The Minimum Wage and Revitalization in Dutchtown
Dutchtown is a neighborhood in South St. Louis with a rich history and a vibrant community. The oldest standing Ted Drewes location still operates in the neighborhood, and a Dutchtown bakery served the very first gooey butter cake. Although it has struggled in recent years, several small businesses are working hard to rejuvenate the neighborhood.
· Iron Barley – Tom and Gen Coghill started Iron Barley in 2003 and were the first business to start Dutchtown’s contemporary revitalization. Several Food Network television shows have featured their food. They also put on an annual Tomato Fest; proceeds from the festival go to help local charities.
· Urban Eats –Caya Aufiero and John Chen started Urban Eats 7 years ago with the express purpose of helping revitalize Dutchtown. Urban Eats shares space with an art collective and hosts community events such as a regular board game meet-up.
· Sister Cities – Pam Melton and Travis Parfait started Sister Cities in 2013. The restaurant serves Cajun food and barbeque. A local Bitcoin group meets in the restaurant once a month and, as with Urban Eats, art from locals decorates the walls.
I spoke with the owners of all three of these restaurants about the minimum wage hike (parts of my interviews can be seen here). The bottom line: the mandated wage increase will harm this community. Increasing the minimum wage from $7.65 to $11 will force these restaurants to restructure in order to remain profitable. This could mean laying off employees, moving to the county, or perhaps even shutting down.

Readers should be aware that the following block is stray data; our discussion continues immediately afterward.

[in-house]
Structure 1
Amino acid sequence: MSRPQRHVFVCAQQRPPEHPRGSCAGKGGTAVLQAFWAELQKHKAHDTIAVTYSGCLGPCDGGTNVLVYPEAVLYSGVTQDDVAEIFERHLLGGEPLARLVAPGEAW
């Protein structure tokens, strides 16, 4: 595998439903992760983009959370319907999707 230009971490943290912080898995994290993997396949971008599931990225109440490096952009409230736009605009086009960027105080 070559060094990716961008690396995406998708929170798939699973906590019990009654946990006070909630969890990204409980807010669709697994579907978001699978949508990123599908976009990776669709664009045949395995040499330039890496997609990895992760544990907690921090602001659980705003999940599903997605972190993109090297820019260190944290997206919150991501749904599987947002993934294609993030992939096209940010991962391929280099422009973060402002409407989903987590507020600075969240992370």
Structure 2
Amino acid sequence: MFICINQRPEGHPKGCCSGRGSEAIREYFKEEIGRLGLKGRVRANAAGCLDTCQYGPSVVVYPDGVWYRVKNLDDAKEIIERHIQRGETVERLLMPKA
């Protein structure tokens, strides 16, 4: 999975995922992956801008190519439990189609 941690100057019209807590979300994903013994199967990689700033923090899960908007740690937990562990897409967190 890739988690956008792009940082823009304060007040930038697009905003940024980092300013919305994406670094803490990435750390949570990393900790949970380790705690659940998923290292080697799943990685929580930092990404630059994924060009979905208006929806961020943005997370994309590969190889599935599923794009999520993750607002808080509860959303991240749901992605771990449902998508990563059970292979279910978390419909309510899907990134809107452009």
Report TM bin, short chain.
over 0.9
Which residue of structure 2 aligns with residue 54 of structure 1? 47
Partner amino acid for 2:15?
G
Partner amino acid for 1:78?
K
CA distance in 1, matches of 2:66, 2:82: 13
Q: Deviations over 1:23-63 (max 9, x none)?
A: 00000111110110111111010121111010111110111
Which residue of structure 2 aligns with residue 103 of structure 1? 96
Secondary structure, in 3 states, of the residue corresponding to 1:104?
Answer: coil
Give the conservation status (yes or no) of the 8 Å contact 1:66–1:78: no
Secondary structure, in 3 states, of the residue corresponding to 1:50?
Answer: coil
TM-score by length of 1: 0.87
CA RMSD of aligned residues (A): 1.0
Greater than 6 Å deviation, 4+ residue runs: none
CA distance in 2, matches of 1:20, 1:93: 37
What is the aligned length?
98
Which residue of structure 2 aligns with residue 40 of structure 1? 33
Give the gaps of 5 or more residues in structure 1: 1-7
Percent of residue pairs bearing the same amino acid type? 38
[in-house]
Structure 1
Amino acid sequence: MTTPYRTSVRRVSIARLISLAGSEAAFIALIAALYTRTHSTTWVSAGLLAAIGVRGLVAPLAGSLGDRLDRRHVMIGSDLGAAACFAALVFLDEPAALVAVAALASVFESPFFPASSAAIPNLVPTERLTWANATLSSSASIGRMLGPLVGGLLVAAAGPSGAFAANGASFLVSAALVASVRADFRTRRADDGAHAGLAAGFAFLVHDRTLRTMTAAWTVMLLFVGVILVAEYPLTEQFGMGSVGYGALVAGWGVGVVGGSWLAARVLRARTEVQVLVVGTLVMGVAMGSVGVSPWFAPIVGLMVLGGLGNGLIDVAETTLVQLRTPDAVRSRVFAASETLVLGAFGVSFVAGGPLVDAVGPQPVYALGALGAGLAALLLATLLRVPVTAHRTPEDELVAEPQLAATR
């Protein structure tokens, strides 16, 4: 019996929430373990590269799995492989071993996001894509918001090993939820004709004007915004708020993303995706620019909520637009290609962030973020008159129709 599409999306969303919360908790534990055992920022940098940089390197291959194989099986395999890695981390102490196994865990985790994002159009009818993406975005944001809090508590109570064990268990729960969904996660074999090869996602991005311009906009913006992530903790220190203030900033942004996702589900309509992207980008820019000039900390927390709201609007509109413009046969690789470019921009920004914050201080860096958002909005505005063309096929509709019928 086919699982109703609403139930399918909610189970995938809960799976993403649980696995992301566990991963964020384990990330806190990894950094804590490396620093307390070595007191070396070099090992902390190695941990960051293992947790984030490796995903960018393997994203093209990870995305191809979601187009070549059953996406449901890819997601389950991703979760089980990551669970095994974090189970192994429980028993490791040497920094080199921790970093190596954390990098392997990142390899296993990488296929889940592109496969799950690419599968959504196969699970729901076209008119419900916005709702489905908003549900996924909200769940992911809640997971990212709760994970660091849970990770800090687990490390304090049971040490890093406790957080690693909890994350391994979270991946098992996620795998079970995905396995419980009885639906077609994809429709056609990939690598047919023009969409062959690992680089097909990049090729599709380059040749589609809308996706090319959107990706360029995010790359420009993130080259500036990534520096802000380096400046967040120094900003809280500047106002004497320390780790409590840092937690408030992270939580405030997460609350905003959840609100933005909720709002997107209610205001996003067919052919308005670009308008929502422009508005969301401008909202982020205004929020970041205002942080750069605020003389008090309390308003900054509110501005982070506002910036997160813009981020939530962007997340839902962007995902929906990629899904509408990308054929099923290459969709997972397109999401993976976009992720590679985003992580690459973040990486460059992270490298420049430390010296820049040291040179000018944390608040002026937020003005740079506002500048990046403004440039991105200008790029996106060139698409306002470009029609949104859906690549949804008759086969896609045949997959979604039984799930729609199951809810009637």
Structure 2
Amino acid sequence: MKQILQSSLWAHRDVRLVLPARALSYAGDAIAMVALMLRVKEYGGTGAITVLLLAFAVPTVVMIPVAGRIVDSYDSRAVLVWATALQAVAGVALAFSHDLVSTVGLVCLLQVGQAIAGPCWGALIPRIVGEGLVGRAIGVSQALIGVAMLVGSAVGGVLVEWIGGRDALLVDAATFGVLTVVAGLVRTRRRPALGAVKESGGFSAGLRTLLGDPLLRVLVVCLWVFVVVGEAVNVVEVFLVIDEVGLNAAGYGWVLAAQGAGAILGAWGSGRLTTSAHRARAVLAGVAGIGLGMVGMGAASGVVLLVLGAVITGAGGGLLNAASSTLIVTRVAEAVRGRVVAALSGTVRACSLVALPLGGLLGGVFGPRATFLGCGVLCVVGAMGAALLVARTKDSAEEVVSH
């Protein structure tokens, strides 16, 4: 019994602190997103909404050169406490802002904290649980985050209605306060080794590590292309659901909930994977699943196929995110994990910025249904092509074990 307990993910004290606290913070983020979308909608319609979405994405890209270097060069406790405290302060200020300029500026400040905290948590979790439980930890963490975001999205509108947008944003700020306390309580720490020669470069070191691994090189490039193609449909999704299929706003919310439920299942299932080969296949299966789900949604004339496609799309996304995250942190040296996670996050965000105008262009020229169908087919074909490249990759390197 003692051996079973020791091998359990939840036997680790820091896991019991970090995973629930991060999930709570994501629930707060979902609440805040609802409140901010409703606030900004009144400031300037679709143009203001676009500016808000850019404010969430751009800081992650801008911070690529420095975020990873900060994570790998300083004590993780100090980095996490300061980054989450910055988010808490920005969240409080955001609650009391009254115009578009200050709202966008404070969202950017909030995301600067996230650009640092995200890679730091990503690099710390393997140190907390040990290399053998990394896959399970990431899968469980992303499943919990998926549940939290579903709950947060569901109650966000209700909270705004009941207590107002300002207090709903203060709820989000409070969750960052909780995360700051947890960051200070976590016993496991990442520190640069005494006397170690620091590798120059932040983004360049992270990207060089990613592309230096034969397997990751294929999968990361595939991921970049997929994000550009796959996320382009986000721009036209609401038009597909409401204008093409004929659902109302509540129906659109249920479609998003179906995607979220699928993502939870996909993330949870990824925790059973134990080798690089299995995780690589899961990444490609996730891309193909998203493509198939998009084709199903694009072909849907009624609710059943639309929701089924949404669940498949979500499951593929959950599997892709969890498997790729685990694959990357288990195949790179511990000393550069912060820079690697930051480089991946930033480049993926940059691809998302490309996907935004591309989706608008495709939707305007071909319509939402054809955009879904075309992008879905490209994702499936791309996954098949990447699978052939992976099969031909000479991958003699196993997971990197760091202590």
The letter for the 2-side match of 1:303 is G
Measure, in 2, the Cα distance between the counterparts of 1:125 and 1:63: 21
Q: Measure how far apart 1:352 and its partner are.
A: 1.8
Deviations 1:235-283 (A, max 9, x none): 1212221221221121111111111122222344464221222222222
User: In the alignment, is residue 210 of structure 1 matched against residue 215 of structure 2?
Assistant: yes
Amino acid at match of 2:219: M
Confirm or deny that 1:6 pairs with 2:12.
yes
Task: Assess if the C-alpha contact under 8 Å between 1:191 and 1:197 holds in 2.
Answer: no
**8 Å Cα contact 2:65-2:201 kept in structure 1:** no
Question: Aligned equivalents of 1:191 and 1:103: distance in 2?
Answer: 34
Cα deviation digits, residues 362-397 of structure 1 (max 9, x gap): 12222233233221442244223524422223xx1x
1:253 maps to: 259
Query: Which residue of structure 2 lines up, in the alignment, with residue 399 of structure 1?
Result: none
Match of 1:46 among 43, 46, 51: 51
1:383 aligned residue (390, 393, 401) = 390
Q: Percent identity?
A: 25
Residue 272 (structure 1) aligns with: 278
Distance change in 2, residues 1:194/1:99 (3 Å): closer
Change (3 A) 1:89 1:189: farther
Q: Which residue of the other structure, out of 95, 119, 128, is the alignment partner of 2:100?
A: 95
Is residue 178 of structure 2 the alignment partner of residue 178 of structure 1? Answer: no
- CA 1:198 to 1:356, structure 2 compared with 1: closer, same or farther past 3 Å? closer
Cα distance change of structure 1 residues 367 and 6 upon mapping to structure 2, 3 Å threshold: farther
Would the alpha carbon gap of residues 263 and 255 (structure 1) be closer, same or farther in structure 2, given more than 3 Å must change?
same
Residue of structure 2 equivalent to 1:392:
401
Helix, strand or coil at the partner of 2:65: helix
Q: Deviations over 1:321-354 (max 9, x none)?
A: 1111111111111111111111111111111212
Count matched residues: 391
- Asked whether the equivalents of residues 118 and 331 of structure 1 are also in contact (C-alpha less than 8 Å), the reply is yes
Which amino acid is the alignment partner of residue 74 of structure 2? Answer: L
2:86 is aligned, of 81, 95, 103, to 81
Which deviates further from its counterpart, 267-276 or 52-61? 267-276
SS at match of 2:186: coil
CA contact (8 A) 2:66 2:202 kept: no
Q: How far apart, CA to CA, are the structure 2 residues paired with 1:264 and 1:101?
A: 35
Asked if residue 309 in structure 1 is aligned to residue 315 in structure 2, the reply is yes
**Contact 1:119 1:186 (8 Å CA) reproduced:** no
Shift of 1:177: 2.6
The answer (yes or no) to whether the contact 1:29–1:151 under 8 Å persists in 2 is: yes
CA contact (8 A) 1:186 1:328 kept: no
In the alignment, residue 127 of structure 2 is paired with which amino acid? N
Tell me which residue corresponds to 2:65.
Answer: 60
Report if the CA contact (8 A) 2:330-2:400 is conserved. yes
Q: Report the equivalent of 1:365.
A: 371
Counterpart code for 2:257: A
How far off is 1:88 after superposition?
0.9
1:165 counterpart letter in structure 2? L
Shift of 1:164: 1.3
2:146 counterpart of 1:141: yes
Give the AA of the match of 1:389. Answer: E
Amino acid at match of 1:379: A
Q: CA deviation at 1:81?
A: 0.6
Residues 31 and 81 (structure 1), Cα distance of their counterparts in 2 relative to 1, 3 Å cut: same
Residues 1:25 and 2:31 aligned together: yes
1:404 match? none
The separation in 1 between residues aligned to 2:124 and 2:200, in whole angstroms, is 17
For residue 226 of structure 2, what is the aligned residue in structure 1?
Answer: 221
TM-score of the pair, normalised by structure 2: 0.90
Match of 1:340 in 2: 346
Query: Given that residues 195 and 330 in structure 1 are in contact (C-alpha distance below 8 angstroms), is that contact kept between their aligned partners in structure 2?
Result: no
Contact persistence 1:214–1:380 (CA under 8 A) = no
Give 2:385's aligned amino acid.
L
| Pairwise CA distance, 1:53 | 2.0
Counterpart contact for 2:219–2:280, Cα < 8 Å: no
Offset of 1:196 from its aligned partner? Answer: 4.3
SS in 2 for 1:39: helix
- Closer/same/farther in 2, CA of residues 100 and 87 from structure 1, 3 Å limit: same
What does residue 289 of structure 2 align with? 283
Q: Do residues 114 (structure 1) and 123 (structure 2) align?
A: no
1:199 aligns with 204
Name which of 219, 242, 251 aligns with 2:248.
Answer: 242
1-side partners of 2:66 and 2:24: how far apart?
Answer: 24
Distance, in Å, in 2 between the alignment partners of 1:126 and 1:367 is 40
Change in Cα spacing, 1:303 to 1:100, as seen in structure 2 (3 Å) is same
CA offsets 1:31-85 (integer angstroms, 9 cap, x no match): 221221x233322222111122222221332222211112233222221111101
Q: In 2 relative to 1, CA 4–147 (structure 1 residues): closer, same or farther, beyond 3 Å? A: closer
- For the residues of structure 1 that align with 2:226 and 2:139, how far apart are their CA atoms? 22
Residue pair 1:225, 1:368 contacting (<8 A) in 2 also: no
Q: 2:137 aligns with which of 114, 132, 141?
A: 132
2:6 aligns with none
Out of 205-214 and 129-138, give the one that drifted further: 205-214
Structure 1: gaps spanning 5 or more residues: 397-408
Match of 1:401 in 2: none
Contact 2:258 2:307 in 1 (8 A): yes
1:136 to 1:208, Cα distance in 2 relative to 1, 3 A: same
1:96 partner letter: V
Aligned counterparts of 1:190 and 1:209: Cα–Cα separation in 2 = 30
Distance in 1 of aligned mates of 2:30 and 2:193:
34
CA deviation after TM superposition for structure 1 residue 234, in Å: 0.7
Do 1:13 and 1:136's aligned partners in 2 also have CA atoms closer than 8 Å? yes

Travis Parfait, co-owner of Sister Cities, told me that with an $11 minimum wage, he might have to cut out much of his staff completely and work the front of the house himself. “Restaurants are a very low profitability business, and if you increase one of the many costs by almost 50 percent . . . it can’t hold it. It won’t bear that.”
It’s a similar story at Urban Eats, where John Chen says that poverty is a wider social problem that cannot be fixed by mandating minimum wages for employers. John calls the city’s minimum wage law the “sink or swim” approach: “Here’s the minimum wage increase, and you figure out how to cope with this. . . . That’s irresponsible. I argue that it’s unethical.”
The minimum wage hike is an another government-made obstacle to urban renewal—one that threatens to undermine the efforts of local business owners who have spent years working to help bring economic life back to their neighborhood. Without the jobs and community spaces provided by the people I spoke with, the revitalization of Dutchtown might be stopped in its tracks.